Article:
Markets & Stocks
What are AOL, Disney really worth?
What would the parts of AOL Time Warner and Disney be worth on a standalone basis?
January 31, 2003: 9:54 AM EST
By Paul R. La Monica, CNN/Money Senior Writer

NEW YORK (CNN/Money) - Is the sum of the parts at troubled media titans AOL Time Warner and Walt Disney worth more than the whole?

It's a question worth asking given the companies' myriad woes. AOL Time Warner reported a record corporate loss Wednesday and management gave little hope for a rebound in 2003 (see more). AOL Time Warner is the parent company of CNN/Money.

Disney reported its latest quarterly results Thursday. Profits, excluding one-time items, rose 13 percent and beat analysts' expectations. But net income fell. The company has suffered in recent months due to declining attendance at its theme parks as well as from some high-profile movie flops -- most notably the animated film "Treasure Planet."

Both stocks have been pummeled during the past year, with AOL's shares plunging 55 percent (including a 14 percent drubbing Thursday) and Disney falling more than 20 percent.

But according to two analysts, the value of each company's divisions adds up to significantly more than their current share prices. CNN/Money came up with an average estimated breakup value for both companies based on research by A.G. Edwards analyst Michael Kupinski and Guzman & Co. analyst David Joyce.

Both analysts used profit targets to estimate what prospective buyers would pay for each division on a standalone basis. So the $15.2 billion value for the AOL division is based on an average 2003 earnings before interest, taxes, depreciation and amortization (EBITDA) estimate of $1.5 billion and a multiple of 10 times that.

But the valuations for some businesses are higher than others. For example, a buyer would probably pay a higher multiple for Disney's television business, which includes the successful ESPN network, than for the theme parks.

For AOL Time Warner (AOL: down $0.19 to $11.81, Research, Estimates), the value (after adjusting for the company's $25 billion in debt) turned out to be $21.14 a share, more than 75 percent higher than the company's recent stock price.

Disney's (DIS: up $0.65 to $17.00, Research, Estimates) breakup value came out to $23.19, about a 40 percent premium to current levels. The Disney price factored out its nearly $12 billion in debt.

Just one measure

So does this mean that both AOL Time Warner and Walt Disney are screaming buys? Not necessarily, say both analysts.

Joyce says the breakup values are only useful for looking at what a company might be worth if it were to sell off all its divisions separately -- not a viable scenario for either company. (Joyce does not own shares of AOL or Disney, and his firm has no investment banking relationship with Disney. Guzman & Co. has served as an underwriter for an AOL Time Warner bond offering in the past 12 months.)

However, the Wall Street Journal reported Friday that senior executives are debating the sale of assets such as Warner Music. The company would not comment on rumors of asset sales except to say that it is looking to sell its book division. It also plans on selling a minority of its cable business through an initial public offering but would retain control of the unit.

The New York Daily News reported Friday Ted Turner, the company's largest individual shareholder who announced this week he would give up his vice chairman title at the company, was interested in a bid for either the Atlanta Braves or the entire corporation. A company spokeswoman would not comment on the report.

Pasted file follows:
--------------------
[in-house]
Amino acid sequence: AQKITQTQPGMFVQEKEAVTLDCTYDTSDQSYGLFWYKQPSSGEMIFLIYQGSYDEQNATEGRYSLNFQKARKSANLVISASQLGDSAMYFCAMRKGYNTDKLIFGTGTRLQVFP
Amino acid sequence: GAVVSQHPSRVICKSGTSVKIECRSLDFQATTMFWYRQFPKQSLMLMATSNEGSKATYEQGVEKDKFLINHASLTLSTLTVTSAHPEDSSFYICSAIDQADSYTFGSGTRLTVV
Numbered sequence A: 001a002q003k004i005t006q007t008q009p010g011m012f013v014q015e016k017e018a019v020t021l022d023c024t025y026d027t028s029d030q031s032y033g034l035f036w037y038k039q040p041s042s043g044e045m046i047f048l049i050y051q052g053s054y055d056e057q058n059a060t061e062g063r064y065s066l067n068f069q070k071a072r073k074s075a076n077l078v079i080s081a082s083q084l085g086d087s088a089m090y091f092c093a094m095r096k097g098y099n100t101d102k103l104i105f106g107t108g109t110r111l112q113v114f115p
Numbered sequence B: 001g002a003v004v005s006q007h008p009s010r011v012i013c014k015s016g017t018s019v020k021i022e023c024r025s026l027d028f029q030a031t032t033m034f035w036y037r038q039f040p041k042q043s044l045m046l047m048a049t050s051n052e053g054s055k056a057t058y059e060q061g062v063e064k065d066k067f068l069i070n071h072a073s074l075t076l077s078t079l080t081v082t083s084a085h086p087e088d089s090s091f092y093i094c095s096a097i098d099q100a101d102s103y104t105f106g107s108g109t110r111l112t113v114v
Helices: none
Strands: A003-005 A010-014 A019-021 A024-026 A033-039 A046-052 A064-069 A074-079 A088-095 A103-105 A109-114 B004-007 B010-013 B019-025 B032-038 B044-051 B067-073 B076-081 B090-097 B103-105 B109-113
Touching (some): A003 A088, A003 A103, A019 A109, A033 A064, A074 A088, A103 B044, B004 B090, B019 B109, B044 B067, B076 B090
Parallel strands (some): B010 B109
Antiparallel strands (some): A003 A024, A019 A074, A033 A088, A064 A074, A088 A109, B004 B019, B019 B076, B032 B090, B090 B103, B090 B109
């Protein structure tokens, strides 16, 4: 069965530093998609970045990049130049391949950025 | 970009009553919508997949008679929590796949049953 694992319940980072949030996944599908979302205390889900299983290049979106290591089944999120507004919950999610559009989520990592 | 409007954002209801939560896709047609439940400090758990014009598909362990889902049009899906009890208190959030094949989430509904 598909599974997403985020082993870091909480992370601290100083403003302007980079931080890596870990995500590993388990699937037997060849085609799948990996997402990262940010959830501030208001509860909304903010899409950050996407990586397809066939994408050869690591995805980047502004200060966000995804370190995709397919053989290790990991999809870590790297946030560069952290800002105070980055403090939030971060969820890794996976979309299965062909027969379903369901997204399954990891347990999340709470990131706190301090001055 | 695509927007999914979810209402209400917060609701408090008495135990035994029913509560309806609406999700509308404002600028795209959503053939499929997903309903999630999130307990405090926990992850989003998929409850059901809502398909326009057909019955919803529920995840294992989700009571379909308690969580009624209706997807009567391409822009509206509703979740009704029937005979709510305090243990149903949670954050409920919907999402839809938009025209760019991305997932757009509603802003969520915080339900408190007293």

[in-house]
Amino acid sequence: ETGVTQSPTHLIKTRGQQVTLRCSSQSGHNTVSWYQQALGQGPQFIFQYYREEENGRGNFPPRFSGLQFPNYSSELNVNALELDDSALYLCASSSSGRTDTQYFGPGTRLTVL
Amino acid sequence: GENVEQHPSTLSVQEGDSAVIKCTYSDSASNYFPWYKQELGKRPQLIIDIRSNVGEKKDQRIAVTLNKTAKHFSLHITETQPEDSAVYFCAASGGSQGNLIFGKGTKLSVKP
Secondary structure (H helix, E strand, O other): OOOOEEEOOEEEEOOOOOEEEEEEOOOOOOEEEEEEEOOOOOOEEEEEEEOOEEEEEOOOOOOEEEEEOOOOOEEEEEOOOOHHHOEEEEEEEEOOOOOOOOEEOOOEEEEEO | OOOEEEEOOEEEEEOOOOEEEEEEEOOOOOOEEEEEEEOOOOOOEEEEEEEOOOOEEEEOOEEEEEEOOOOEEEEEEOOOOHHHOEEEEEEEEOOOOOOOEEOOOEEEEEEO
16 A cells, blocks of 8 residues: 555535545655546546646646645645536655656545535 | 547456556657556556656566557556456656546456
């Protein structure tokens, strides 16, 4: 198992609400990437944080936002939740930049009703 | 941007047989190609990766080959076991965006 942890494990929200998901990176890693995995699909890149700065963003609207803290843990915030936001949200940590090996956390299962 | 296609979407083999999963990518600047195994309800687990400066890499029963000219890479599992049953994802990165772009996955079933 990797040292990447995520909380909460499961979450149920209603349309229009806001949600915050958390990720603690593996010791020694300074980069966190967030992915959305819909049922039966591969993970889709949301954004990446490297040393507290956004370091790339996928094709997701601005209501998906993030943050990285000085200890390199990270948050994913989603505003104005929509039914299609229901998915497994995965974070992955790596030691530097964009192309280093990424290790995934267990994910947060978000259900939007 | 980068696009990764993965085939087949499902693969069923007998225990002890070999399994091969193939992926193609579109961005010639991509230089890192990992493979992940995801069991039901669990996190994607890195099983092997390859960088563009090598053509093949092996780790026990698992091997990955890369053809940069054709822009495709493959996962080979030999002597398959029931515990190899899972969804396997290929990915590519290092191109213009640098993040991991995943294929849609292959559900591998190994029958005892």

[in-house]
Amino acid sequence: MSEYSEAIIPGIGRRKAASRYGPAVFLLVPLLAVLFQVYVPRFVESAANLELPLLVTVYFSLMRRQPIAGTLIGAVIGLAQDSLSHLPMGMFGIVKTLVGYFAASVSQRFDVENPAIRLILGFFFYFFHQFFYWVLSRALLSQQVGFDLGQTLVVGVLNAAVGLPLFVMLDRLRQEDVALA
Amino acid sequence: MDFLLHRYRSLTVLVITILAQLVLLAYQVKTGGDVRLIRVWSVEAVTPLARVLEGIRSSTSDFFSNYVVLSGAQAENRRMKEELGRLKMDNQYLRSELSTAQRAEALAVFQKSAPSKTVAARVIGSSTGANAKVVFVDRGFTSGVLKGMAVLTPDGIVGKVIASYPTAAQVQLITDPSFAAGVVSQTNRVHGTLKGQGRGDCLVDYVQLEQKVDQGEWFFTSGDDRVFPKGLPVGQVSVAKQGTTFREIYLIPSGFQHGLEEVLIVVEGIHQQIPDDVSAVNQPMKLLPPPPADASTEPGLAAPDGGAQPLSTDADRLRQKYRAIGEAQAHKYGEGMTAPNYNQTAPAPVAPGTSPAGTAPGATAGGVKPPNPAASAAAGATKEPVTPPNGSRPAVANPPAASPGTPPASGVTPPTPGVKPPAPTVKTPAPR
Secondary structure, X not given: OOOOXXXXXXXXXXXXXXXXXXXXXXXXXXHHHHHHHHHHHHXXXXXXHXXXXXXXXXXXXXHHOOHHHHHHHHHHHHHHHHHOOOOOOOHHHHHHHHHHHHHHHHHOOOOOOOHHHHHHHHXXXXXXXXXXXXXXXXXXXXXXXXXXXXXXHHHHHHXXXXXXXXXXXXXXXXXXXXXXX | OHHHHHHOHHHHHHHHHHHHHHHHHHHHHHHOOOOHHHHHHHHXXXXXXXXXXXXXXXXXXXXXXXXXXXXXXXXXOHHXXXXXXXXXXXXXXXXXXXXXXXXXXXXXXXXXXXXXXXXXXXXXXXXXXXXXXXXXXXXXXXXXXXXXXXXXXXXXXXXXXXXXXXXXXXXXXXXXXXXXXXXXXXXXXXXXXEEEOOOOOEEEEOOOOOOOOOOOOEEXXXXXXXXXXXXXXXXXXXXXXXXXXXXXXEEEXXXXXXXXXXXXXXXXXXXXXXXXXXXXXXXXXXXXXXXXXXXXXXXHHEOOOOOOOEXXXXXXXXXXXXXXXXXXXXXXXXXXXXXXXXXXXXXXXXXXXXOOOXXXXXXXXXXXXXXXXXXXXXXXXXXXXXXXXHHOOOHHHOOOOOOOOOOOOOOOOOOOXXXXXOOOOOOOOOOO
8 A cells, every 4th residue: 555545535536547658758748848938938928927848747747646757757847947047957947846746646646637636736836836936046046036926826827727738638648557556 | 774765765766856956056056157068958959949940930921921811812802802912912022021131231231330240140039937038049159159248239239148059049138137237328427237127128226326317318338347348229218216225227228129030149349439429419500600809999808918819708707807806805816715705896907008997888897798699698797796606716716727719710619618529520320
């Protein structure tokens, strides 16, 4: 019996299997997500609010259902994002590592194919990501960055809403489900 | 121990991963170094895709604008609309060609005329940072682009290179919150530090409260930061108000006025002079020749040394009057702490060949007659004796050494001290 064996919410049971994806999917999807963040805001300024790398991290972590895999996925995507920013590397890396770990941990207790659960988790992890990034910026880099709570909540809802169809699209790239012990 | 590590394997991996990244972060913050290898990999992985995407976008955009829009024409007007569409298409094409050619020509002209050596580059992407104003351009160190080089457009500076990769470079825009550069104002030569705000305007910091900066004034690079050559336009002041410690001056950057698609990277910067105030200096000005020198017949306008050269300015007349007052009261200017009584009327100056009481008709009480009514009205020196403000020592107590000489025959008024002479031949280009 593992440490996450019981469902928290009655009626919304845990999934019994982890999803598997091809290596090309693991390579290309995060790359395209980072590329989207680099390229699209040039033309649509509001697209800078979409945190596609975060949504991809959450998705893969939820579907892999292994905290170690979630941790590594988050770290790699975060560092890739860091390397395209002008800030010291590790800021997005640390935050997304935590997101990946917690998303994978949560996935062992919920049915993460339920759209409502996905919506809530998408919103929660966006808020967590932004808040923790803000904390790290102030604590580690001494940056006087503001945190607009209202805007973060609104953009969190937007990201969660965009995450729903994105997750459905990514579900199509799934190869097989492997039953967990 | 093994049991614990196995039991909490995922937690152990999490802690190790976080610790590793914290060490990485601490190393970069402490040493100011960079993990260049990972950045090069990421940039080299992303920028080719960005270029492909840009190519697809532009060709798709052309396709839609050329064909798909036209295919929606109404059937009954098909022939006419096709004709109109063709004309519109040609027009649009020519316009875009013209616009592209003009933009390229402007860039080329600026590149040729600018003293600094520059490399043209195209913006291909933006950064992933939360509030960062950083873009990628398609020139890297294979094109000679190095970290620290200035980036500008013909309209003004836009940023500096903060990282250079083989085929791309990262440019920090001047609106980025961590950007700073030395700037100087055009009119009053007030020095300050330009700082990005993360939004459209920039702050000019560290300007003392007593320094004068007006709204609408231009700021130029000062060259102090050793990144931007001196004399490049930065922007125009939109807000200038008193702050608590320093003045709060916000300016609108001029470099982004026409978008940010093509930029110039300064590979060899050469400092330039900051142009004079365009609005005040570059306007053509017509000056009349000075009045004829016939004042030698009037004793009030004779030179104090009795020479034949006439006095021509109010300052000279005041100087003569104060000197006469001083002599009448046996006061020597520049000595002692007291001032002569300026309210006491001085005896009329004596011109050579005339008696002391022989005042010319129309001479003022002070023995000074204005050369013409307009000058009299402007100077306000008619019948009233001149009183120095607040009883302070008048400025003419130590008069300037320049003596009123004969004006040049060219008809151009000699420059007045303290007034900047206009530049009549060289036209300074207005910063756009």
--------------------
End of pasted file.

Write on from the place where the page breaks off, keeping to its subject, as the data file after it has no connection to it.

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Michael Kupinski, media analyst at A.G. Edwards, gives his perspective on AOL Time Warner.

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The paper quoted Turner biographer Porter Bibb as saying Turner is talking to people about backing a bid for the overall company. The paper also said there were reports he might be interested in CNN. Turner founded CNN and owned the Braves before selling his media company to Time Warner in 1996. But the report also quoted CNN anchor Lou Dobbs saying he doubted Turner has interest in the company. "Ted has great respect for (AOL Time Warner chairman) Dick Parsons," Dobbs said in the report.

Kupinski also thinks it is incorrect for investors to assume that either company should trade at a price equal to the breakup value of their assets. He says that typically, media companies trade in a range of 50-to-80 percent of their breakup value. (Kupinski does not own either stock and A.G. Edwards has not done any recent investment banking for AOL Time Warner. It has performed underwriting for Disney within the past three years.)

So based on the average breakup values determined by the two analysts, a reasonable range for AOL Time Warner would actually be between $10.60 (below the current stock price) and about $16.90. And Disney would trade at a price ranging from $11.60 to $18.55.

Related stories
AOL considers shedding assets
Time Warner Cable IPO may face rocky road
Ted Turner stepping down
AOL Time Warner reports record loss

What's more, Joyce says his estimate for AOL Time Warner's breakup value could be too generous because it is based on hopes for renewed earnings growth in the high single digits for the AOL division after 2004. He concedes AOL will not be worth such a high multiple unless there is fundamental improvement in the AOL unit in the near future.

In other words, these values are based on the assumption that things are actually going to get better for these media companies. So, if AOL and Disney continue to stumble, their breakup value will obviously be a lot lower than the current estimates.  Top of page

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